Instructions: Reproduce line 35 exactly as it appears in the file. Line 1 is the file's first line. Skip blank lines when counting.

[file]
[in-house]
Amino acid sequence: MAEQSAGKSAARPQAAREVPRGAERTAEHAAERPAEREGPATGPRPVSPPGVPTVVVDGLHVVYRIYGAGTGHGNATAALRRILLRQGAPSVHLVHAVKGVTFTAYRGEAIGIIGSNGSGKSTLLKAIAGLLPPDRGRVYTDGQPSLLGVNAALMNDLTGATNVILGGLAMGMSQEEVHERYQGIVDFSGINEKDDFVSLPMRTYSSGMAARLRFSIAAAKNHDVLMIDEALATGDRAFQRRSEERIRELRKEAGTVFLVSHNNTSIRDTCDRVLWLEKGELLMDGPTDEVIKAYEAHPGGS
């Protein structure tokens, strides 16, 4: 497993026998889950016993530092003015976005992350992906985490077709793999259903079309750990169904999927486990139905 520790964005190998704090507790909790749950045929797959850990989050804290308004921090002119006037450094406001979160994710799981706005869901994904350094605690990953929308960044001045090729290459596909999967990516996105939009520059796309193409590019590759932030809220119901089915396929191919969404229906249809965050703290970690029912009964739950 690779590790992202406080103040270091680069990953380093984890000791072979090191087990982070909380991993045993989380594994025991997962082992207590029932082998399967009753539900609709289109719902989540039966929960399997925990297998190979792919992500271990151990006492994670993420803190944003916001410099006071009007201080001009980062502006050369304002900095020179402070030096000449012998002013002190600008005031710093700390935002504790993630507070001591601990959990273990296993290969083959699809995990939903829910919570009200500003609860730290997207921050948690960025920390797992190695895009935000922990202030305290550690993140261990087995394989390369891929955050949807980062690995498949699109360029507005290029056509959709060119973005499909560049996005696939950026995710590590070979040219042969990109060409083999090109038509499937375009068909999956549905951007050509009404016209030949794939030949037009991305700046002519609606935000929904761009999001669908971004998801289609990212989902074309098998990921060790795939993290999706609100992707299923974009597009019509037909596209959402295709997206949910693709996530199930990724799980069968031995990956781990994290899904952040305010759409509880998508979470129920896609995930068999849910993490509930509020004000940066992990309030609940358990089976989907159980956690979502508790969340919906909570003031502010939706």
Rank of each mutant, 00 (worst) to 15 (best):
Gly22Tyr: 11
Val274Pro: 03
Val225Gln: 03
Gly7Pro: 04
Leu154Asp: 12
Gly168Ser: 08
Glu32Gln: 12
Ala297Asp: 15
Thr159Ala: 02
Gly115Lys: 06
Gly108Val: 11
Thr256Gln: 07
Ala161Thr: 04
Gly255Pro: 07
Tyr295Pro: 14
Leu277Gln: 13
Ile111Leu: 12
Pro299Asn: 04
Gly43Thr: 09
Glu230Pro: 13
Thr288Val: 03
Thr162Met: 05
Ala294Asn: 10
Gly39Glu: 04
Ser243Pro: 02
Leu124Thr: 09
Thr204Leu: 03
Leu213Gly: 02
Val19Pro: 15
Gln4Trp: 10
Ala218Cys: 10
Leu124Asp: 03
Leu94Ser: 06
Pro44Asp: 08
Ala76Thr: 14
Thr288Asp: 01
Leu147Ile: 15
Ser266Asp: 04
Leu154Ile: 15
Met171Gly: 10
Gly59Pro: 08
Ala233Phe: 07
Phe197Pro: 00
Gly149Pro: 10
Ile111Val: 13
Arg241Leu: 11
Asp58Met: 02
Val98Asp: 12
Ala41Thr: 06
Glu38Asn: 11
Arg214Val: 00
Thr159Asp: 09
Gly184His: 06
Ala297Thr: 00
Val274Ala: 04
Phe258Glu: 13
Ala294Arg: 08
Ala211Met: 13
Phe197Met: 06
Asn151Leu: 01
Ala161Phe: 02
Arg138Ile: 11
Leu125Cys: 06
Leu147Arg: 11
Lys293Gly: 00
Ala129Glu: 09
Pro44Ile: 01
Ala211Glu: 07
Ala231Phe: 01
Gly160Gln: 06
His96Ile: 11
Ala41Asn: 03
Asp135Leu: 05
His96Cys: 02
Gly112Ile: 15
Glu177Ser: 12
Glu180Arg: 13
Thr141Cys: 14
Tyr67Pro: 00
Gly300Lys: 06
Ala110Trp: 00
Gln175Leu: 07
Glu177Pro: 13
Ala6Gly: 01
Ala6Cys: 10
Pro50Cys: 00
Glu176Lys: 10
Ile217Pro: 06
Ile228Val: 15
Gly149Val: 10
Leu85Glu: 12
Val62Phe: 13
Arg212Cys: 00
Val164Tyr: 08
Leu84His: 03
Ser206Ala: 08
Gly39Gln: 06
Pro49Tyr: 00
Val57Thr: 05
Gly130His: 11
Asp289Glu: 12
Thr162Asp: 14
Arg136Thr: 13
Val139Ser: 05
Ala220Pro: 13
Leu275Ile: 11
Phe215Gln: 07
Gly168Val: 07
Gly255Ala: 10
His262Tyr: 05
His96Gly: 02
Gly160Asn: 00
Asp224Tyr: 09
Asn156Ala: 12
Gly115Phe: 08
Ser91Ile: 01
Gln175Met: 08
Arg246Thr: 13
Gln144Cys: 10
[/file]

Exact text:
Ala218Cys: 10